Farewell to the Empire

Sunday, February 4, 2024
"What did you do for fun when you were a teenager?" my son once asked me. "Like, what did kids do in the 80's and 90's?" And he stressed the word "do" as if we couldn't possibly have had fun lives, could we? I thought for a minute before answering him because how could I ever explain it in a way he would understand? Truthfully, we did nothing. And that was everything.

photo via original Empire Diner Parsippany NJ website 

This post is part of a series on my site called Momma Musings, where I share personal thoughts and feelings. I hope you'll check out my other posts, too, especially if you enjoy this one.


If you were a teenager in the 70's, 80's or 90's, then you know. You know the joy of being disconnected, of not having a phone attached to your very being and rooting you to the world. It was so easy to escape then, wasn't it? You actually had to stop at a payphone if you wanted to reach someone. And then there was the thrill of wondering who you would run into at a party, bar, club, or even...the diner. Ah, the diner! I relish the joy of Disco Fries, paper placemats, and menus as thick as novels. 

I would frequent a few New Jersey diners with my friends when we were teenagers. Tiffany Diner in Pine Brook was the original hangout for us (and number 32 on the table jukebox was my go-to song), followed by Versailles in Fairfield (where Sean would order his "runny eggs"), and Tick Tock Diner (before there was even a "Tik Tok"). And then there was Empire. Empire Diner in Parsippany was our place (do kids today even have a place anymore??).  This is where we'd go after a night out because it was open 24 hours. We'd see our friend Gus who worked there (we affectionately called him 'blue-eyed Gus' since his cousin 'brown-eyed Gus' worked in the kitchen, and hey, we had to distinguish them somehow). We'd sit in our favorite booth and order our favorite foods (french fries with gravy and mozzarella, toasted corn muffin with butter, chocolate brownies, a piece of chocolate layer cake- whatever we wanted!! I remember Gus bringing us a plate of chocolate frosting once, just because we asked).

There was a thrill to visiting our diner, too. You never knew who would walk through the door after a night out. Someone you had a crush on, maybe, or someone you hadn't seen in ages. A smiling face from school, or someone totally new to meet. Maybe they'd join you in your booth, or maybe they'd sit in the booth across from you. Maybe you'd exchange numbers and they'd call you later (on an actual phone). You talked about stupid things and laughed, and no one held a cell phone in their hands. No one made dumb videos for Tik Tok. No one cared who was 'online' or who was 'posting' on Instagram. No one had their head down while scrolling a screen. Here you were all together. There was a feeling of...what's the word I'm looking for here? Ah, I know! Freedom. You weren't tethered to anyone or anything. You were there in the moment.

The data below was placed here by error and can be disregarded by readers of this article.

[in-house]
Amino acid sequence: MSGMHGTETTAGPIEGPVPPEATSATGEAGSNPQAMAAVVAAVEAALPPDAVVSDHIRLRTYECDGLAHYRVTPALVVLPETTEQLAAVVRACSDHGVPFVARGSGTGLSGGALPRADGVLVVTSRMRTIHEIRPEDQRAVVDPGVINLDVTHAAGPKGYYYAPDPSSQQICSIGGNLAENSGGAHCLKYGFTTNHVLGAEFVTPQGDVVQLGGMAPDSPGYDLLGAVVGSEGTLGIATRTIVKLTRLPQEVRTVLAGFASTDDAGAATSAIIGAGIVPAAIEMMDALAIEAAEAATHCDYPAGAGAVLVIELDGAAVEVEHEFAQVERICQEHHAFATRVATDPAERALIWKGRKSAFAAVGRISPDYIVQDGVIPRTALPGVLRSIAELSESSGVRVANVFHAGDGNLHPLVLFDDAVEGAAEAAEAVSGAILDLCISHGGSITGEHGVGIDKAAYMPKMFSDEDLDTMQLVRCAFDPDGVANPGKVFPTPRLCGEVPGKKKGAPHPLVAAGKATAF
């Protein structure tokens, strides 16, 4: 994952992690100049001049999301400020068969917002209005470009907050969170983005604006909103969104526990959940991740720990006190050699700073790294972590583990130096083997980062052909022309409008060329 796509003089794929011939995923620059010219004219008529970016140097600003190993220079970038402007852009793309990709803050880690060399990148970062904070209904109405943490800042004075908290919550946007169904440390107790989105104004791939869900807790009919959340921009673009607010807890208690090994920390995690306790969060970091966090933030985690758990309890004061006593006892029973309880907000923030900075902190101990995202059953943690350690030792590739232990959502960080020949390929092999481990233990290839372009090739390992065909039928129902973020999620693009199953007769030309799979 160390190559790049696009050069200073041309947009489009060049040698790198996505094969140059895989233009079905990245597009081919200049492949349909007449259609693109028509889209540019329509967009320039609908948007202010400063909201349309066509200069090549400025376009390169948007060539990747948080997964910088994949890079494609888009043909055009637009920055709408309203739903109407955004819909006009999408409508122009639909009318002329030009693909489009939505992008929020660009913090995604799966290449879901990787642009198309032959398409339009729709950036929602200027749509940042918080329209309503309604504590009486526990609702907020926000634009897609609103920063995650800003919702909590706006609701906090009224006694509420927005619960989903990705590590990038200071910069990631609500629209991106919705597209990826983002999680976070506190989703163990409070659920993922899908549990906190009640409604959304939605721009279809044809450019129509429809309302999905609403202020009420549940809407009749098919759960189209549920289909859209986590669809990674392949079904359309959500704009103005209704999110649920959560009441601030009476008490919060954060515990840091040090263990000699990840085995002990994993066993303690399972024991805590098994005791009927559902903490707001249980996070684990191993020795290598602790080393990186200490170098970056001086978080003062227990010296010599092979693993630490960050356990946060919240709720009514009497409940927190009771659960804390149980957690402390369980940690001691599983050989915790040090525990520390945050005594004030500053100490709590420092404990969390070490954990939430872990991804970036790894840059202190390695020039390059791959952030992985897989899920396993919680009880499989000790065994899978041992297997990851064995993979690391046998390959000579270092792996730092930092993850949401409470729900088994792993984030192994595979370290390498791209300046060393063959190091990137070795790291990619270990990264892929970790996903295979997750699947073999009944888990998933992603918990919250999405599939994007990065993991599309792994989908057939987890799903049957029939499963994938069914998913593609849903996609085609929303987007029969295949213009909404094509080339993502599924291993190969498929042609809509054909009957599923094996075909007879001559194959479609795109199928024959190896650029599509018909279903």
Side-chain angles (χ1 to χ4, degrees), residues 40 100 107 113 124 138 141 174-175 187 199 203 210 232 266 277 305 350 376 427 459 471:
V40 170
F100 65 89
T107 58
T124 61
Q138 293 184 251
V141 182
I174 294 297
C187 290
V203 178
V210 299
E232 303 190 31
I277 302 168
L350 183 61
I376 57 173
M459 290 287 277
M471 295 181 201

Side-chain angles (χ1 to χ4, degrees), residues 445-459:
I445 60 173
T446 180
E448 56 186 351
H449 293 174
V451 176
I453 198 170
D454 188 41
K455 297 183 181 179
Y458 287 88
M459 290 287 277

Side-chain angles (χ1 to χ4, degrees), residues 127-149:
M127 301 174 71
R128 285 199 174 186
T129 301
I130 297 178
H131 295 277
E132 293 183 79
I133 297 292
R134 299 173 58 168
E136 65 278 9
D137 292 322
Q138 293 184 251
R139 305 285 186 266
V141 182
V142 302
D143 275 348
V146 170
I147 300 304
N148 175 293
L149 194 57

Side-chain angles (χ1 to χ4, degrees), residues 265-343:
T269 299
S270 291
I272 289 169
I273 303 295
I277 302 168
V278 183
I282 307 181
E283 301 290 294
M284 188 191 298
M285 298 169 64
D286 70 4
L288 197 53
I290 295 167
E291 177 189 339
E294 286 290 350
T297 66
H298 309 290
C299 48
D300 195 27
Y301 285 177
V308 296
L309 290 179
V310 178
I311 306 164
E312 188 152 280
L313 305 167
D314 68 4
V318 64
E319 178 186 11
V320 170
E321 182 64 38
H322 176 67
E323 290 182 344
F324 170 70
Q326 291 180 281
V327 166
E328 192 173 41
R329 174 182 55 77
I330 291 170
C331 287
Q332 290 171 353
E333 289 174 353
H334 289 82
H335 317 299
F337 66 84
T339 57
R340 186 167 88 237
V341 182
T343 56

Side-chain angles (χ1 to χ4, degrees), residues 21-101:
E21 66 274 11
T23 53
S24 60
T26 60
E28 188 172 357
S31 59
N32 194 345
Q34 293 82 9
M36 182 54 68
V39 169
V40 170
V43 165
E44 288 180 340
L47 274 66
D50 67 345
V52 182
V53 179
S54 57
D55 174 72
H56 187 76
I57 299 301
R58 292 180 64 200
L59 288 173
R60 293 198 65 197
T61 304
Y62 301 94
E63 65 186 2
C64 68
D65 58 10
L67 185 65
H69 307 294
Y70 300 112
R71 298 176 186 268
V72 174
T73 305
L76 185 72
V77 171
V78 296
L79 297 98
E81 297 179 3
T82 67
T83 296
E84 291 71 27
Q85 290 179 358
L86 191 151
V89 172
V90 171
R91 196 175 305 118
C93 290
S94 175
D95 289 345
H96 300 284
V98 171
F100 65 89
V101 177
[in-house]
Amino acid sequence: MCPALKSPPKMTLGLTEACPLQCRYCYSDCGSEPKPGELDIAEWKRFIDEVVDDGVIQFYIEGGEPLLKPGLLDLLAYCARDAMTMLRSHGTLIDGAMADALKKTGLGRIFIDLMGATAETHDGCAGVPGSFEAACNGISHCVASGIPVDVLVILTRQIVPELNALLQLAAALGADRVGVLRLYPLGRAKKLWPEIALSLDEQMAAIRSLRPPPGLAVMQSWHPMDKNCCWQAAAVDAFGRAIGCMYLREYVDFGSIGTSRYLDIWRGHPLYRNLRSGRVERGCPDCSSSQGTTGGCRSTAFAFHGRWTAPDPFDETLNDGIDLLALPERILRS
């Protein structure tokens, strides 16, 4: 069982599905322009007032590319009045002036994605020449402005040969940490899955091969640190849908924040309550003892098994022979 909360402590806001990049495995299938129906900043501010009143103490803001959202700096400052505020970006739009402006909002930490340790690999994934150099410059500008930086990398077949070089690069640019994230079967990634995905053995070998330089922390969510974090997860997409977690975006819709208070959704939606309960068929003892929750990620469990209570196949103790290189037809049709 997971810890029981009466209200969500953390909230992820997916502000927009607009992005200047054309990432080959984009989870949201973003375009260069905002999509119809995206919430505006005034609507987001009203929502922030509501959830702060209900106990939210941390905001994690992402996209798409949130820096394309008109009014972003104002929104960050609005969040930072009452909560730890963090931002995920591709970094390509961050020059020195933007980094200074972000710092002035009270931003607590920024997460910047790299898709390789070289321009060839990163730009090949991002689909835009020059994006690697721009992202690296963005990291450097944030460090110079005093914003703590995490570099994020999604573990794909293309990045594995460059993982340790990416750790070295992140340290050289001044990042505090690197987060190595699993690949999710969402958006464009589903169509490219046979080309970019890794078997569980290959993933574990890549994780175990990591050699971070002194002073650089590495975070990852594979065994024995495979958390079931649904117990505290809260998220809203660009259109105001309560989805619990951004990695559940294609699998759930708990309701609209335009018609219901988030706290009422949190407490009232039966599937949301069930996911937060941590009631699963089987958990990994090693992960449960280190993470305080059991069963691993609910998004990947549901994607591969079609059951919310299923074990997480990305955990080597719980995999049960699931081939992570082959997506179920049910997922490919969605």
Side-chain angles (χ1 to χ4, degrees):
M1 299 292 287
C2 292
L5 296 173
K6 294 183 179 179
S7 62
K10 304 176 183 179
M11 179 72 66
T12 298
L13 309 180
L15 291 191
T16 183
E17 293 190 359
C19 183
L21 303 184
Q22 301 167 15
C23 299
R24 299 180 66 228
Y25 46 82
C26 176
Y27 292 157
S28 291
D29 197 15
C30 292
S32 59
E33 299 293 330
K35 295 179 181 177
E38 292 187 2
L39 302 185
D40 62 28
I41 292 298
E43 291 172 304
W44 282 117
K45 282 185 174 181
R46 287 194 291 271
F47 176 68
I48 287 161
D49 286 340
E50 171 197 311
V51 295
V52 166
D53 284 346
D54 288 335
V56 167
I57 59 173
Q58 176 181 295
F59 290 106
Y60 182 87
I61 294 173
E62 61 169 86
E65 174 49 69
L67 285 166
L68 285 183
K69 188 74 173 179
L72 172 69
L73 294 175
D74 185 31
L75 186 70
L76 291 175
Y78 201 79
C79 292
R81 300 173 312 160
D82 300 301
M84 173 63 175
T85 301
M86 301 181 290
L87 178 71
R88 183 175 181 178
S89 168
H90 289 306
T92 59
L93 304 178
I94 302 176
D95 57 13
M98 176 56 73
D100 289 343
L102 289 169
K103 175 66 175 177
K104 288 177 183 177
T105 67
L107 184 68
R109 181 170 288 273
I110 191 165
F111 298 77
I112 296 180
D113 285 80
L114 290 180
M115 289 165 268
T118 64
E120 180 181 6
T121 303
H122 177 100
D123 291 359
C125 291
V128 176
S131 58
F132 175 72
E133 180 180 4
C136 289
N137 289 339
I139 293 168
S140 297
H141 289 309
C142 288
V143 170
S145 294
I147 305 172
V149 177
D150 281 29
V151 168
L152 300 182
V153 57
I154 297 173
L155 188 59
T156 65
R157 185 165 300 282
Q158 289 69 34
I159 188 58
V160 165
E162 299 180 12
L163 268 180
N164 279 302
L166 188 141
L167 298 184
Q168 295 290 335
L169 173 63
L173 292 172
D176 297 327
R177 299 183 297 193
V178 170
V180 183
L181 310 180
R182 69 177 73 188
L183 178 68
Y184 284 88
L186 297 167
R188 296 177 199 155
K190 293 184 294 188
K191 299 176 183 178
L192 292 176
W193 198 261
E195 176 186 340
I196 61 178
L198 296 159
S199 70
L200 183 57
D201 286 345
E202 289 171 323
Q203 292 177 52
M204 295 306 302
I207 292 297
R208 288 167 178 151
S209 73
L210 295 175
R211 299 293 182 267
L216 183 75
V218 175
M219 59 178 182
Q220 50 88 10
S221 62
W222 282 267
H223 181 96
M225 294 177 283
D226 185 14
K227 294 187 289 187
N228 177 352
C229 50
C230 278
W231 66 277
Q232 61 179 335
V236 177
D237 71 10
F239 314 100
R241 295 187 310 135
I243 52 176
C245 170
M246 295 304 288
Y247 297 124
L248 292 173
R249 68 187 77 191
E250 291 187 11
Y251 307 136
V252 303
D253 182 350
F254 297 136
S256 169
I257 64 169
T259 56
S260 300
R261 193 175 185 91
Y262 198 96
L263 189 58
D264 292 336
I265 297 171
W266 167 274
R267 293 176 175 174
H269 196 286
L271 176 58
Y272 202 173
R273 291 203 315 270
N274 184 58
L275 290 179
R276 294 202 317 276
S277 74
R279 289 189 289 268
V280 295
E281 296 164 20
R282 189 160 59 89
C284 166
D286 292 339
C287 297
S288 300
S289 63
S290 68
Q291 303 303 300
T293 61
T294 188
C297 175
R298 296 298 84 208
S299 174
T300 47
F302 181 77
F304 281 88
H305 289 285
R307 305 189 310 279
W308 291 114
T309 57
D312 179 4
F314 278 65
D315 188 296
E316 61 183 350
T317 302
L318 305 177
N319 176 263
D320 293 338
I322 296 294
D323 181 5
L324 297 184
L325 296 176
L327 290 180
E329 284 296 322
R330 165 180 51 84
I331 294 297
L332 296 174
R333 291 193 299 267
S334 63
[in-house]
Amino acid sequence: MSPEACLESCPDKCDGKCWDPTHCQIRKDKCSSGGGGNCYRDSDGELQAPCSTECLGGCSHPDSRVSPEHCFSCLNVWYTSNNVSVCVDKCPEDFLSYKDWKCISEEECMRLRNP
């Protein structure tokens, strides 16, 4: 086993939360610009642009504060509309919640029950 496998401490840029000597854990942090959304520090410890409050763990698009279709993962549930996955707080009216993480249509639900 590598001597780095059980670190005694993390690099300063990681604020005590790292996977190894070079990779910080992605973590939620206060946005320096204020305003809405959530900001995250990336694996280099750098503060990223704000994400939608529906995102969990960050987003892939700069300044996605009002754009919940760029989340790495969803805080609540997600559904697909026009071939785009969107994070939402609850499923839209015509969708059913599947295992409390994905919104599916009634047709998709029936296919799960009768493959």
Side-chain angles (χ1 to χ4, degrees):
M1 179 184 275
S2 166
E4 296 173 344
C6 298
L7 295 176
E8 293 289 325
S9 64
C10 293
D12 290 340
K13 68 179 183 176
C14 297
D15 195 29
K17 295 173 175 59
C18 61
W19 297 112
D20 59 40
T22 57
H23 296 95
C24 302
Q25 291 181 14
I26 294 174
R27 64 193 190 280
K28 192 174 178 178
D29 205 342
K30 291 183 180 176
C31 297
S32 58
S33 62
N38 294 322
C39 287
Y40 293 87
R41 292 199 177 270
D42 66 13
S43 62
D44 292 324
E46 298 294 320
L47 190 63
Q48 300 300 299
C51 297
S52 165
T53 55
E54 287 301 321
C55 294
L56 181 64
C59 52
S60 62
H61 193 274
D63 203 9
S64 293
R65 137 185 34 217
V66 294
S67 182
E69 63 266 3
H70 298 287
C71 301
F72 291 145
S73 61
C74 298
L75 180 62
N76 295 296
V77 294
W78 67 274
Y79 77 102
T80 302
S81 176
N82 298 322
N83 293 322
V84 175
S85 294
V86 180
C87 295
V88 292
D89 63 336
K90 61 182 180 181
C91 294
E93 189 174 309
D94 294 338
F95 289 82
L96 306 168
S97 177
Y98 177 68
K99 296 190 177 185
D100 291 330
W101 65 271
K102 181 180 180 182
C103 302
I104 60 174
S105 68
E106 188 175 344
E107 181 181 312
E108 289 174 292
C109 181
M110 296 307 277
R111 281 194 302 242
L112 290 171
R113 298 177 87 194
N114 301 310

The diner helped us become adults. We learned to take care of ourselves here- ordered and paid for food, calculated tips, split the bill- all on our own. As my friend Mary explained, "We had to actually interact with one another, live, spontaneously, without the aid of Memes or links to Tik Tok videos. I grew up in diners. For a few years, me and my parents ate at Tiffany's nearly every single night. Our favorite waiter (Said), would bring me a small cup of their homemade croutons. When my parents talked adult stuff, I finished the games on my placemat, flipped through the jukebox, or played Ms. Pacman in the diner lobby. It was an extension of home and an important part in my childhood." I know so many people who felt the same way!

When I found out recently that Empire Diner in Parsippany was closing down, my heart broke. I swear I could feel it, like a crack splitting right down the middle. Because not only was Empire closing, it was also being torn down. Torn down! Erasing what once was, forever. I wanted to go one last time. I wanted to find my old friends, beg them to meet me there for one last plate of french fries with gravy. But alas, I was too late. By the time I read the article about Empire's demise, it was already gone.

Will the owners of Empire Diner ever really understand how much they meant to their patrons? So many nights spent laughing with friends, eating good food (did everything just taste better after midnight??). I am grateful for Gus's handsome, smiling face. I am grateful for those slices of chocolate layer cake, the joy of always feeling welcome somewhere. I wish my own teenager could know that feeling- the happiness in just being totally disconnected, yet connected- in a shiny vinyl booth with your friends. Farewell, Empire. Thank you for the fun times. No...thank you for the best times.






 











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